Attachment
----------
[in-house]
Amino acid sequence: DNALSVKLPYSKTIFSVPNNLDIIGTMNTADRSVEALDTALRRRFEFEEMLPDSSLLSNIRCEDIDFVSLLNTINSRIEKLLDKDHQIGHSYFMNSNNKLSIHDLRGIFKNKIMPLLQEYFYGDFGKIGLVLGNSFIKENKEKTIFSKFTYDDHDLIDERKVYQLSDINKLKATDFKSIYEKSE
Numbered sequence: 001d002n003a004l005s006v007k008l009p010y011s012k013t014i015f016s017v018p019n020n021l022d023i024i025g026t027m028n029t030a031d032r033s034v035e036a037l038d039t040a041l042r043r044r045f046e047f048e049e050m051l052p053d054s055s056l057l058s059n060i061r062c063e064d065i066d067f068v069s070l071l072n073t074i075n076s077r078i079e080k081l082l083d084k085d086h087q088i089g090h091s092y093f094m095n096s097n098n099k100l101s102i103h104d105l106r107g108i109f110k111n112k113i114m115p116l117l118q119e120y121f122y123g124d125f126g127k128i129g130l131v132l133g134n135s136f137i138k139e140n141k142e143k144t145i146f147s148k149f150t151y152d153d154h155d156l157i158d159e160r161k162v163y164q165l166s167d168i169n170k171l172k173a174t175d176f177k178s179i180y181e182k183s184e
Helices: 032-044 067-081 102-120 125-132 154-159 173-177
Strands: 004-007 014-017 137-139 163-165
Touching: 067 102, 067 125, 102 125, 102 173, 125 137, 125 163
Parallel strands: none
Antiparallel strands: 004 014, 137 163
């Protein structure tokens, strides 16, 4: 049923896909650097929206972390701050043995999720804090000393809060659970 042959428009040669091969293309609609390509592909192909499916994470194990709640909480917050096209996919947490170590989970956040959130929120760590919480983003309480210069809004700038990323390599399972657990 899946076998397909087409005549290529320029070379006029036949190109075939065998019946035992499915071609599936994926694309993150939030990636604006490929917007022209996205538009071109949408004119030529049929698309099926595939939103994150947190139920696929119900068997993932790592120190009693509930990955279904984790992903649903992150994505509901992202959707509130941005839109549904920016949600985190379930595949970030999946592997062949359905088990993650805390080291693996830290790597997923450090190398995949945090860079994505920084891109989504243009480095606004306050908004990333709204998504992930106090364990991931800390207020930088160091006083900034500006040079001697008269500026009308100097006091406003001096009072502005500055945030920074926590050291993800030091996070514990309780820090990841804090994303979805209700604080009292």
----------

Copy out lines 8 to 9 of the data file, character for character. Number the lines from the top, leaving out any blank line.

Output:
Antiparallel strands: 004 014, 137 163
């Protein structure tokens, strides 16, 4: 049923896909650097929206972390701050043995999720804090000393809060659970 042959428009040669091969293309609609390509592909192909499916994470194990709640909480917050096209996919947490170590989970956040959130929120760590919480983003309480210069809004700038990323390599399972657990 899946076998397909087409005549290529320029070379006029036949190109075939065998019946035992499915071609599936994926694309993150939030990636604006490929917007022209996205538009071109949408004119030529049929698309099926595939939103994150947190139920696929119900068997993932790592120190009693509930990955279904984790992903649903992150994505509901992202959707509130941005839109549904920016949600985190379930595949970030999946592997062949359905088990993650805390080291693996830290790597997923450090190398995949945090860079994505920084891109989504243009480095606004306050908004990333709204998504992930106090364990991931800390207020930088160091006083900034500006040079001697008269500026009308100097006091406003001096009072502005500055945030920074926590050291993800030091996070514990309780820090990841804090994303979805209700604080009292």